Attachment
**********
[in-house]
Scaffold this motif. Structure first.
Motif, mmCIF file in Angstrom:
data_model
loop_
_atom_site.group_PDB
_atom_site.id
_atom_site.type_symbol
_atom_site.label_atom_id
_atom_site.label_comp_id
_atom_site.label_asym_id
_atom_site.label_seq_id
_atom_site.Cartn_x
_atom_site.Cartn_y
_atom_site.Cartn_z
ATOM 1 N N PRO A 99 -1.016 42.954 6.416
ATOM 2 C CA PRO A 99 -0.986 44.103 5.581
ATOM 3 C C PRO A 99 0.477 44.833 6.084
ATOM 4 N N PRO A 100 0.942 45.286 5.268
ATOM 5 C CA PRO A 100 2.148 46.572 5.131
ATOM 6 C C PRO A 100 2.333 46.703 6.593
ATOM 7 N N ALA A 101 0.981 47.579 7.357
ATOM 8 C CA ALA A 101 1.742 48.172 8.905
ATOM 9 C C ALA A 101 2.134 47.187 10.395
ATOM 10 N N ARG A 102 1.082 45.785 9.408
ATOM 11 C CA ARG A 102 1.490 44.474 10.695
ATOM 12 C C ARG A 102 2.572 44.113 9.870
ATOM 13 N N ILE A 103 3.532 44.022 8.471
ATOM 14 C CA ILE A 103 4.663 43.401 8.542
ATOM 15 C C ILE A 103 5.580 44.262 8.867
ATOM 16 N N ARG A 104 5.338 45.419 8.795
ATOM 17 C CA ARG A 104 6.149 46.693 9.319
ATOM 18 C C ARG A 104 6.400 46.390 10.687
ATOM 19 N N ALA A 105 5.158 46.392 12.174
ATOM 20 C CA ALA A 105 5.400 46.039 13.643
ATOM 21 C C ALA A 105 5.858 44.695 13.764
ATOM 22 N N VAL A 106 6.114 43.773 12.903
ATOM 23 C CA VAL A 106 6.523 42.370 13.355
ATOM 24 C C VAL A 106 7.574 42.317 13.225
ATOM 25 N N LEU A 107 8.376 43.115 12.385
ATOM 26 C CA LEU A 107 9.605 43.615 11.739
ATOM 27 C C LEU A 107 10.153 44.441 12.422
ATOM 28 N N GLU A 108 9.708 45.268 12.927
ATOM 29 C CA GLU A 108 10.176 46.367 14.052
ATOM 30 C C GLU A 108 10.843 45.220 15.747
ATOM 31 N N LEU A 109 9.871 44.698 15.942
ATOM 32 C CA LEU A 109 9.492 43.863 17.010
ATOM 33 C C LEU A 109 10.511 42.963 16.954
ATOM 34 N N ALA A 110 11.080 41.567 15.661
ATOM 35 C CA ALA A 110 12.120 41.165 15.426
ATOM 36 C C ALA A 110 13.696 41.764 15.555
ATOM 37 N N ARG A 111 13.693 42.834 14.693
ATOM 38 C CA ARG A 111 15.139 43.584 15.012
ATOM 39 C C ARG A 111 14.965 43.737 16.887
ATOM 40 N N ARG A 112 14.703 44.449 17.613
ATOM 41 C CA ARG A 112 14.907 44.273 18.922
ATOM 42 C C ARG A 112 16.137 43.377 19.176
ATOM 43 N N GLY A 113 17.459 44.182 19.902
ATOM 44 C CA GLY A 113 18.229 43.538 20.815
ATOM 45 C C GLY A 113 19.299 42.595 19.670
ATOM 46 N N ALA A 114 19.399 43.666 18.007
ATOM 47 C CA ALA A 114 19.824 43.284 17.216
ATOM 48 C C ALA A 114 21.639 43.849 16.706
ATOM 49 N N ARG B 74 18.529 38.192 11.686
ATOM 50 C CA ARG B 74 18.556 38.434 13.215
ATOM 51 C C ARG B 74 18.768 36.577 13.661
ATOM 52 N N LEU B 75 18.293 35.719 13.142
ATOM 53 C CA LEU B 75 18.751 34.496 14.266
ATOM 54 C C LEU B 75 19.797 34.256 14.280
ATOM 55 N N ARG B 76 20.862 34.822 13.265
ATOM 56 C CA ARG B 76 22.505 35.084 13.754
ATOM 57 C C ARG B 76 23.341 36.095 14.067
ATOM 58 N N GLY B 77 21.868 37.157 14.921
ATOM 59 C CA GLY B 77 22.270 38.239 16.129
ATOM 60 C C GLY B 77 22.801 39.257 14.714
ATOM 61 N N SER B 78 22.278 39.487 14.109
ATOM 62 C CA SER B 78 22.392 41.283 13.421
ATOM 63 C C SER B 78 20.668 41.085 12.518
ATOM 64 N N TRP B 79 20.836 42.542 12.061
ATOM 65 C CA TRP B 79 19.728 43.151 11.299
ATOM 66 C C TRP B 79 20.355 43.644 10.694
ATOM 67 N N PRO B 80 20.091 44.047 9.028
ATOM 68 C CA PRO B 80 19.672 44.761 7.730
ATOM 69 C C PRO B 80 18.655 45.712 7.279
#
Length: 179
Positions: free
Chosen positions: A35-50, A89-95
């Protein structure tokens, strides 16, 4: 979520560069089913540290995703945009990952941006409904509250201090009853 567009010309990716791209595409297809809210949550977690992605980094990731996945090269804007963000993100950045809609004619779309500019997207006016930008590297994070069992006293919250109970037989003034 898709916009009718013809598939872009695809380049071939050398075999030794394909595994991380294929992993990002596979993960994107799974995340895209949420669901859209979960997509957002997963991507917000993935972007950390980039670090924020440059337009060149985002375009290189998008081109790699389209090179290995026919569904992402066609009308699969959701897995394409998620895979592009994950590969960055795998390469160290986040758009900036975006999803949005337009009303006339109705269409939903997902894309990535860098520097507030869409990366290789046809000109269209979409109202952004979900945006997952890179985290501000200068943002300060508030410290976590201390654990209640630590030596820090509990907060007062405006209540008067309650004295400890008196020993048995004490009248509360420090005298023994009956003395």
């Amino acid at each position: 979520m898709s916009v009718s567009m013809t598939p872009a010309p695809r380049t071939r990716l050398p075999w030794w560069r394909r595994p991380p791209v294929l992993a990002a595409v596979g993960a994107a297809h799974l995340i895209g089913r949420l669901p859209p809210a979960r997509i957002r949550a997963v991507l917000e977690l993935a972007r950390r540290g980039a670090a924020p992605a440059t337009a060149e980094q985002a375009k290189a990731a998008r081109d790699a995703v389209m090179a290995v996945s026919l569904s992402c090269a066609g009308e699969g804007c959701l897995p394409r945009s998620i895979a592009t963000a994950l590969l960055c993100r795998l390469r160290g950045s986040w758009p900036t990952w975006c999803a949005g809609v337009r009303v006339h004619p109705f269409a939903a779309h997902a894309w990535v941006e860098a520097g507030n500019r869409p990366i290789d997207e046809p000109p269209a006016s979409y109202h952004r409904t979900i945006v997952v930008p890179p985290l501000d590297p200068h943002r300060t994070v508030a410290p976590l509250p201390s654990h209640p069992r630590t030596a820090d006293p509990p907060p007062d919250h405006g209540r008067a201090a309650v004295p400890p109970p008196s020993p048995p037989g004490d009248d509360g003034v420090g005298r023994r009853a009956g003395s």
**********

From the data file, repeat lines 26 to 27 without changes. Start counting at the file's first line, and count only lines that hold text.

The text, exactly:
ATOM 11 C CA ARG A 102 1.490 44.474 10.695
ATOM 12 C C ARG A 102 2.572 44.113 9.870